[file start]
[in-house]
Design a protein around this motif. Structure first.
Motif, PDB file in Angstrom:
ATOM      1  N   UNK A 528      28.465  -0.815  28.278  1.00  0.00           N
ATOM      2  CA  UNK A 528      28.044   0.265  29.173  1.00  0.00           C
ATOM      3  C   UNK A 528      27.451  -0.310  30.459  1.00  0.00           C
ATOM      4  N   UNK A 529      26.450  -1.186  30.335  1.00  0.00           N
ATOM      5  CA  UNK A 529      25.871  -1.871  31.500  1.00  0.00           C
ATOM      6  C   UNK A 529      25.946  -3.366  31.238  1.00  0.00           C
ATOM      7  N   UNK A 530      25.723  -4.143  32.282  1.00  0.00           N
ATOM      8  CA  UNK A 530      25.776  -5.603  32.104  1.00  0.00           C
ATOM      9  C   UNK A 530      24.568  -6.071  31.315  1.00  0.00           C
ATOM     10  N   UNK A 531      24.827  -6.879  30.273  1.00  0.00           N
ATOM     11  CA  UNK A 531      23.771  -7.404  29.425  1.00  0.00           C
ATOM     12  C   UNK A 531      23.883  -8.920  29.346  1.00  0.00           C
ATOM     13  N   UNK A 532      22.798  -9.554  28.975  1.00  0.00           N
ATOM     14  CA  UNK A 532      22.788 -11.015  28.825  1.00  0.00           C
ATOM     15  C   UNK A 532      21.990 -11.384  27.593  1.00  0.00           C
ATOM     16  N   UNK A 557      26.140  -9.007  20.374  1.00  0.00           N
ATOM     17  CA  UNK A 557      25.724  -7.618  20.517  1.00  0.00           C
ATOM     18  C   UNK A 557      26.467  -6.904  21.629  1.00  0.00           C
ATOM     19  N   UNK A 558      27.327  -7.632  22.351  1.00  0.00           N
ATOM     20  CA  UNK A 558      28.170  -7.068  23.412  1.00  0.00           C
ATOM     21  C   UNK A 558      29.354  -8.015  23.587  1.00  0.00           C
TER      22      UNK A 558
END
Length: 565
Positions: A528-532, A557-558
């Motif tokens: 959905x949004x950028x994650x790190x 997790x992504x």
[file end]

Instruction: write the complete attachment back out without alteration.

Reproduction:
[in-house]
Design a protein around this motif. Structure first.
Motif, PDB file in Angstrom:
ATOM      1  N   UNK A 528      28.465  -0.815  28.278  1.00  0.00           N
ATOM      2  CA  UNK A 528      28.044   0.265  29.173  1.00  0.00           C
ATOM      3  C   UNK A 528      27.451  -0.310  30.459  1.00  0.00           C
ATOM      4  N   UNK A 529      26.450  -1.186  30.335  1.00  0.00           N
ATOM      5  CA  UNK A 529      25.871  -1.871  31.500  1.00  0.00           C
ATOM      6  C   UNK A 529      25.946  -3.366  31.238  1.00  0.00           C
ATOM      7  N   UNK A 530      25.723  -4.143  32.282  1.00  0.00           N
ATOM      8  CA  UNK A 530      25.776  -5.603  32.104  1.00  0.00           C
ATOM      9  C   UNK A 530      24.568  -6.071  31.315  1.00  0.00           C
ATOM     10  N   UNK A 531      24.827  -6.879  30.273  1.00  0.00           N
ATOM     11  CA  UNK A 531      23.771  -7.404  29.425  1.00  0.00           C
ATOM     12  C   UNK A 531      23.883  -8.920  29.346  1.00  0.00           C
ATOM     13  N   UNK A 532      22.798  -9.554  28.975  1.00  0.00           N
ATOM     14  CA  UNK A 532      22.788 -11.015  28.825  1.00  0.00           C
ATOM     15  C   UNK A 532      21.990 -11.384  27.593  1.00  0.00           C
ATOM     16  N   UNK A 557      26.140  -9.007  20.374  1.00  0.00           N
ATOM     17  CA  UNK A 557      25.724  -7.618  20.517  1.00  0.00           C
ATOM     18  C   UNK A 557      26.467  -6.904  21.629  1.00  0.00           C
ATOM     19  N   UNK A 558      27.327  -7.632  22.351  1.00  0.00           N
ATOM     20  CA  UNK A 558      28.170  -7.068  23.412  1.00  0.00           C
ATOM     21  C   UNK A 558      29.354  -8.015  23.587  1.00  0.00           C
TER      22      UNK A 558
END
Length: 565
Positions: A528-532, A557-558
């Motif tokens: 959905x949004x950028x994650x790190x 997790x992504x």